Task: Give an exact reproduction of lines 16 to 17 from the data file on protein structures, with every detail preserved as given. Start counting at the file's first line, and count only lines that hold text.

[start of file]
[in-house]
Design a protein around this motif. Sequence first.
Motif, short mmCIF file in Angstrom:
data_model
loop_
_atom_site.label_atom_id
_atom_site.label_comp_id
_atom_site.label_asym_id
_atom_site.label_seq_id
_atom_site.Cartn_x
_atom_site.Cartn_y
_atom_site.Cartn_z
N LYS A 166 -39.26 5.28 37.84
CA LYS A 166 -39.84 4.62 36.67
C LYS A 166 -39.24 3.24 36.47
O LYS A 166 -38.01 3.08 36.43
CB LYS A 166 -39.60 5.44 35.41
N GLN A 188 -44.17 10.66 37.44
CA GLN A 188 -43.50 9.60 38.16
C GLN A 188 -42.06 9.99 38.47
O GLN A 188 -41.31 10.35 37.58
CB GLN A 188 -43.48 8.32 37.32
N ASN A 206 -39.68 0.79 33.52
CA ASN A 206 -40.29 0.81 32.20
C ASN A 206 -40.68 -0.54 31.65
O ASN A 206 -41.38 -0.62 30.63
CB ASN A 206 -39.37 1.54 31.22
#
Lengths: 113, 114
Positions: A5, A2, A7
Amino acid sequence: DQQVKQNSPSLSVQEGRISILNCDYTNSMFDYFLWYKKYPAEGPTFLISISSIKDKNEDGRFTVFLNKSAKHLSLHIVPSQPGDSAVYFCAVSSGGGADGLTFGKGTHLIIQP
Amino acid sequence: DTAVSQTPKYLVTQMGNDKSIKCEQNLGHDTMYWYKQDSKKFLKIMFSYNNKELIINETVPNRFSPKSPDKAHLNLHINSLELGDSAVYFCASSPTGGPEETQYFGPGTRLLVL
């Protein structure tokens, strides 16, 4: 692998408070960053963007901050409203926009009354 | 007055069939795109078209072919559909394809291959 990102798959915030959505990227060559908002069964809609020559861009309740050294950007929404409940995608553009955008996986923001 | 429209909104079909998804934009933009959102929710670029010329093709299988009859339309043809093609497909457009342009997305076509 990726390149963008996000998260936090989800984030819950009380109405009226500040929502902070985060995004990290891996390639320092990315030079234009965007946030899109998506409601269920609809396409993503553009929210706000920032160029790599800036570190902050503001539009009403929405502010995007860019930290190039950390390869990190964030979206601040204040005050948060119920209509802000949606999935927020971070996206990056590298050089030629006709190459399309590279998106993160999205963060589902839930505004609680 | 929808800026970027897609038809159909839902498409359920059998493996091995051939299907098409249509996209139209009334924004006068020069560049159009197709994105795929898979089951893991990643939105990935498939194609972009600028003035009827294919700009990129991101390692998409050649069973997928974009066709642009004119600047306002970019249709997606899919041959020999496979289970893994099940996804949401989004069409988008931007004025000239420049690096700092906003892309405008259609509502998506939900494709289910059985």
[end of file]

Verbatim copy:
O LYS A 166 -38.01 3.08 36.43
CB LYS A 166 -39.60 5.44 35.41